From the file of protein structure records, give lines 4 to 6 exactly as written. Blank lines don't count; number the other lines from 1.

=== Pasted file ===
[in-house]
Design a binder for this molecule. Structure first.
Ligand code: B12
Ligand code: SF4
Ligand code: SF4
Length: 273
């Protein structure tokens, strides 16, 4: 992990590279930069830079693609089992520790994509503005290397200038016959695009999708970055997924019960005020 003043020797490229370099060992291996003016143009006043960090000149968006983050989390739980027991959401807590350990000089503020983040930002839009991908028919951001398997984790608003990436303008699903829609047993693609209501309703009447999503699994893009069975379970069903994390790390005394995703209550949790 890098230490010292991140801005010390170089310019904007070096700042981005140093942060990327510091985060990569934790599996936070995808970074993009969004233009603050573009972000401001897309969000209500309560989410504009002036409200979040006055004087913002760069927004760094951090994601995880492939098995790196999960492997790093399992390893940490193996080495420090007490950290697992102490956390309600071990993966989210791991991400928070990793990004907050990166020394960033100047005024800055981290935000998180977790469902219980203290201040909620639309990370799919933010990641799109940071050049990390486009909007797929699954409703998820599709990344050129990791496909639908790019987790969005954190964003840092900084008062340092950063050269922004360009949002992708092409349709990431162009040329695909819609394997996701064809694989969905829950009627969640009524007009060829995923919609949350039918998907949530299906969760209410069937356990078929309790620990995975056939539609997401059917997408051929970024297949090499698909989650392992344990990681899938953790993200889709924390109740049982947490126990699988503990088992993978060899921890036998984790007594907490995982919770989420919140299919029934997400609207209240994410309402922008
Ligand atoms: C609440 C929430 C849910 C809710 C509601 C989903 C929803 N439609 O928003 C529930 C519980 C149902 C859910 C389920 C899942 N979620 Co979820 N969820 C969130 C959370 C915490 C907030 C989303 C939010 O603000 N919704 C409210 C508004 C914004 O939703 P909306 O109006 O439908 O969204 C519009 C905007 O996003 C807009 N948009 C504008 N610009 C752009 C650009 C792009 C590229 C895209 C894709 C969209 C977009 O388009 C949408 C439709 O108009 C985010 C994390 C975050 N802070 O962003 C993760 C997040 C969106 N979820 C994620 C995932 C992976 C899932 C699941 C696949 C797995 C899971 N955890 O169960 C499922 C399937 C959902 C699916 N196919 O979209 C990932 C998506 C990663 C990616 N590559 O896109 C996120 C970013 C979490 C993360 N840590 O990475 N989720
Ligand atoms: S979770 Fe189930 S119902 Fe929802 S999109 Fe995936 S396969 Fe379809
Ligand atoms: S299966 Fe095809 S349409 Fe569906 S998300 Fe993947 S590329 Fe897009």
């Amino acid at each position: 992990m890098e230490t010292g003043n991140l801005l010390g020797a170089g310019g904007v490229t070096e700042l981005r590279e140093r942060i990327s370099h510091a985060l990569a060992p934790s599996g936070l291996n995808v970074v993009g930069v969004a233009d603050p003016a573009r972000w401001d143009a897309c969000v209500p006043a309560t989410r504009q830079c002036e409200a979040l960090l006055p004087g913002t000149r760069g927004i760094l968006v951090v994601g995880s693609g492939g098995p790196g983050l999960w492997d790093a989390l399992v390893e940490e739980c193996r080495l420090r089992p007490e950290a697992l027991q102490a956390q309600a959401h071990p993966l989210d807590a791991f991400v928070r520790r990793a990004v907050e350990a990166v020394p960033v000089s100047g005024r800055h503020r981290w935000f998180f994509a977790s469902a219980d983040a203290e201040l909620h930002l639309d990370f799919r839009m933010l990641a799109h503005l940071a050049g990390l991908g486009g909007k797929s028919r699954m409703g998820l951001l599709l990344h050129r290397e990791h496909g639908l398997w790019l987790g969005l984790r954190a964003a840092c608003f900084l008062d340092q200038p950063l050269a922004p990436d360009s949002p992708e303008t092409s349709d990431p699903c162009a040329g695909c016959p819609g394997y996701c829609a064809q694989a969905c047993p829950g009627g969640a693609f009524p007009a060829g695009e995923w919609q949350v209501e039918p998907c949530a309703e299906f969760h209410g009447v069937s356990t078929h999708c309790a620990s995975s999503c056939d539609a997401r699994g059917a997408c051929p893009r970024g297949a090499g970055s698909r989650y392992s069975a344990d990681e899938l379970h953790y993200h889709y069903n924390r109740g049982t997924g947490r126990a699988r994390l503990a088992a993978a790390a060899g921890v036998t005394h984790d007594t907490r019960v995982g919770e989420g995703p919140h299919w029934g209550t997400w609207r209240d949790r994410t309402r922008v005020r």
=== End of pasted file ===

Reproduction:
Ligand code: SF4
Ligand code: SF4
Length: 273